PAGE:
Wilma Ariza walks into her kitchen, points at a speck of mold growing on the ceiling, and says, “Water’s been coming down from the top floor.” Due to water damage to the ceiling, at times, said Ariza, she avoids turning the kitchen light on for fear the bulb might blow.
Ariza began renting the second floor apartment at 593 Market Street in February 2013. When the owner was showing her the apartment there were cracking paints, exposed wiring, broken door bell, and bad power sockets, all of which the owner promised to address. “Everything was going to be up to the code,” was the promise made to her by Henry Rodriguez, her landlord, when she was being shown the apartment. “He had assured me he’d fix them,” said Ariza.
A month after she moved into the apartment nothing was fixed. Ariza, who dwells at the home with her son and daughter, paying $1,600 monthly, began withholding rent in March. It would be few months later, when she would stand in front of a judge, making her case against Rodriguez. In the mean time she uncovered other problems with the apartment.
“They were stealing my electricity,” said Ariza. “My gas and electric bill was over $1,000.” Seeing the bill, she suspected there was some sort of funny business taking place, and asked Public Service Electric and Gas Company or PSEG to send out an investigator. The company sent out an investigator, and uncovered a pool filter and a room in the basement was being powered by diverted electricity taken from her apartment. She took the information to court, presented it before a judge, and Rodriguez agreed to cover 25-percent of her electricity bill due to the diversion of service.
“The agreement was I pay 25% of the electricity and she pay 75%,” said Rodriguez, who stated that nobody at the home uses electricity connected to the basement room except the first floor tenant, who use the room as a storage box. The landlord complained the settlement was inherently unfair because he did not live or rent the basement.
“We don’t have illegal room there,” said Rodriguez of the basement, when asked whether he was illegally renting the basement and providing them free utilities at Ariza’s expense. Three times inspectors from the city’s division of Community Improvement came out, after Ariza complained, and ticketed Rodriguez for having illegal dwelling in the basement. Rodriguez said the illegal dwelling tickets were later dismissed by a judge. Rodriguez, who lives in Pennsylvania, could not provide the papers showing cases’ dismissal.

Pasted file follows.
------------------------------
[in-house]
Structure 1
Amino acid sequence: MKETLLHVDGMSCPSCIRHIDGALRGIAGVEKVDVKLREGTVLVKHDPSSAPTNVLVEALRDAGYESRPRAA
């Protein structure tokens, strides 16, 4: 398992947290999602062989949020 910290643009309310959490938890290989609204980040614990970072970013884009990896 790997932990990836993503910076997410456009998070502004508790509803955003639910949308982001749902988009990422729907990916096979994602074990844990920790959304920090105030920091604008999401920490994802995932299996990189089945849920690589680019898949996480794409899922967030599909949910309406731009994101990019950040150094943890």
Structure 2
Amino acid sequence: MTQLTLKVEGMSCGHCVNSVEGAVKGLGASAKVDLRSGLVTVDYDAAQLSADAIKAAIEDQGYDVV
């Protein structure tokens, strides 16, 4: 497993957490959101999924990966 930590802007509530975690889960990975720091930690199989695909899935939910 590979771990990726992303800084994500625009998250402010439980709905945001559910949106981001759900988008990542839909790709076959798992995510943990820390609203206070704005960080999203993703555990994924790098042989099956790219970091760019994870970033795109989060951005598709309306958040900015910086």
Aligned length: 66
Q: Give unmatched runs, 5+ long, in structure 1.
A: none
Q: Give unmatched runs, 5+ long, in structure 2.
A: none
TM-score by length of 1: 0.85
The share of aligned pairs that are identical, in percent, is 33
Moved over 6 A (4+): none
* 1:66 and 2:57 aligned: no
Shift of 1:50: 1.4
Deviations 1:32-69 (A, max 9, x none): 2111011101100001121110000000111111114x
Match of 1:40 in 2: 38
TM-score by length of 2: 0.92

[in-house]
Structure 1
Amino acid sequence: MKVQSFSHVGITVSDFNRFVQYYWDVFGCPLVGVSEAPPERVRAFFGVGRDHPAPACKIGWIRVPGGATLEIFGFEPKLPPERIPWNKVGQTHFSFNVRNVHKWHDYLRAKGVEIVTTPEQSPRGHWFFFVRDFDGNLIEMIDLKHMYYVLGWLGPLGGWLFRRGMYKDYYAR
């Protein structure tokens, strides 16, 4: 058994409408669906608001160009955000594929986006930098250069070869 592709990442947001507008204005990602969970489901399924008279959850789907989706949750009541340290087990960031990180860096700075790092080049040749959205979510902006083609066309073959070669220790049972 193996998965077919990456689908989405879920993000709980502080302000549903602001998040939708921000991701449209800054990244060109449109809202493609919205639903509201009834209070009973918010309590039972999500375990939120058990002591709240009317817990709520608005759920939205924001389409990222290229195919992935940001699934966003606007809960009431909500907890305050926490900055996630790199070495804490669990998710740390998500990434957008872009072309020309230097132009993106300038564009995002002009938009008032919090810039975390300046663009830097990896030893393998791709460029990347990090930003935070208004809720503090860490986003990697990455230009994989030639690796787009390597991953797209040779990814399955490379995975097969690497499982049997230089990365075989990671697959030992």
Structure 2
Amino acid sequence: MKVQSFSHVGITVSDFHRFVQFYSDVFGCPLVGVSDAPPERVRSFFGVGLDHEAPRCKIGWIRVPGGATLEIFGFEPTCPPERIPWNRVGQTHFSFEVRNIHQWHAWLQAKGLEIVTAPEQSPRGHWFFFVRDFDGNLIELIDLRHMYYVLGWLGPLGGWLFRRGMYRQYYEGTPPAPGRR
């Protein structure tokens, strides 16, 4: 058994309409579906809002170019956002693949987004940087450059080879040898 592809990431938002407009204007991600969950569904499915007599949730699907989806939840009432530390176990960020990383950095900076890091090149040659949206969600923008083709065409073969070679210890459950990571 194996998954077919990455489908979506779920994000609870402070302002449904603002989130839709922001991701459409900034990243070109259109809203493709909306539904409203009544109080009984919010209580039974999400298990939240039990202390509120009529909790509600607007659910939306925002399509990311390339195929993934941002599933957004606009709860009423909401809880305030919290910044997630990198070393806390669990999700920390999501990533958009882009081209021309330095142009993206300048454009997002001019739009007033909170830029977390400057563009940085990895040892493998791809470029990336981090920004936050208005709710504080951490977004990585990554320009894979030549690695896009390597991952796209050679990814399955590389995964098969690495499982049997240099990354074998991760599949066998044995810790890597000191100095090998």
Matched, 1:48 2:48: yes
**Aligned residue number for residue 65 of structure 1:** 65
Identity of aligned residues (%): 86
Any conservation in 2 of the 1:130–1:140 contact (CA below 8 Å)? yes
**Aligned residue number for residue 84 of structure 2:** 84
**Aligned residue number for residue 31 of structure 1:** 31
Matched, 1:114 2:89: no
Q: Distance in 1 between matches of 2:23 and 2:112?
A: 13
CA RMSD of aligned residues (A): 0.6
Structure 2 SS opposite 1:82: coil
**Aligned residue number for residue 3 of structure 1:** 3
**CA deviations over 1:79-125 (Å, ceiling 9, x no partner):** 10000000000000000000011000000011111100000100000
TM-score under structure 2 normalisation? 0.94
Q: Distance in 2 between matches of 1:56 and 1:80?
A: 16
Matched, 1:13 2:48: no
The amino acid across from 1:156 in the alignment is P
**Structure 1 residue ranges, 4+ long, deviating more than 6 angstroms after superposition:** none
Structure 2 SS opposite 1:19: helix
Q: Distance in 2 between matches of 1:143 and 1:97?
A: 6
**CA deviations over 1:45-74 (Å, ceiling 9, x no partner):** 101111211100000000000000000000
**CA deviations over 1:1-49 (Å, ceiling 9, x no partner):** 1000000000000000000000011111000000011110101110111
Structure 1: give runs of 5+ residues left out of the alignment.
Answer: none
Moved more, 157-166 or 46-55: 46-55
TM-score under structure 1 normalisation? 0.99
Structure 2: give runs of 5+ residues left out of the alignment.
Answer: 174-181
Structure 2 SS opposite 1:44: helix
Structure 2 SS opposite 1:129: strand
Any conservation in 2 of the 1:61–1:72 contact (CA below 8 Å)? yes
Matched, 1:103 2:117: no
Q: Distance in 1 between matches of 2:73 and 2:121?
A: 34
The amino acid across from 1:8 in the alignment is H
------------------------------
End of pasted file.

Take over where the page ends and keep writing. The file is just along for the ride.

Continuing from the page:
Besides the illegal basement diverting her electricity, Ariza found a splitter connected to her outside cable wire, which was presumably powering televisions in the basement and in the first floor. “There was an illegal splitter on my cable line,” said Ariza, who stated the first floor folks were stealing her cable. She contacted Cablevision; the cable company sent out an investigator, who was denied access to certain sections of the property. The investigator was threatened by Rodriguez, who said he will be “ripping all the Cablevision wires off the home.”
Rodriguez later said the issue with the cable is between the first floor and the second floor. “What happened between her and the other tenant I cannot control.” said Rodriguez. “These people they fight each other.”
Slashed tires and broken windows
Ariza said, whenever there is an upcoming court date, she finds her tires slashed and her vehicle windows smashed in. She suspects the landlord is using the first floor tenant to vandalize her vehicle in order to prevent her from appearing before the court. She showed multiple police corroborating her statement.
In September the landlord took her to court, where a judge ordered Ariza to pay the withheld rent. The judge also offered an abatement due to the broken promises of repairs – she was told to pay $1,200 in rent rather than the contracted $1,600 until the owner makes necessary repairs. Four months after that court ruling, Ariza’s apartment continues to grow mold inside the ceiling due to water leakage coming from the attic. “Every time they take a shower it rains down here,” said Ariza.
Her landlord said the attic bathroom is part of her apartment, so when it rains it’s her fault. “If it flooded it’s her fault,” said Rodriguez, who said he has sent repairmen to fix the bathroom, but each time they drop by Ariza doesn’t open the door. Ariza said the owner did not put in place a working doorbell, making it impossible for her to know when the repairmen are at the property.
No official response
Ariza complained that this homeowner is able to get away with so much without having to answer to anybody. She said she has sent certified letters to elected officials and has yet to hear back from any of them. Ariza sent letters to: Jeffery Jones, the city’s mayor; Julio Tavarez, the 5th Ward councilman; Anthony Davis, the 1st Ward councilman; Kenneth Morris, councilman at-large. None of the local officials responded. She also wrote to John Hoffman, acting attorney general of the State, who responded, stating her communication was forwarded to the Department of Community Affairs, which will presumably investigate her case.
“I don’t know what the real deal is, and the government won’t help me. I called everybody, I been everywhere, and nobody will step-up to do their job,” said Ariza. “I feel like that’s one reason he feels he can do whatever he wants with me.”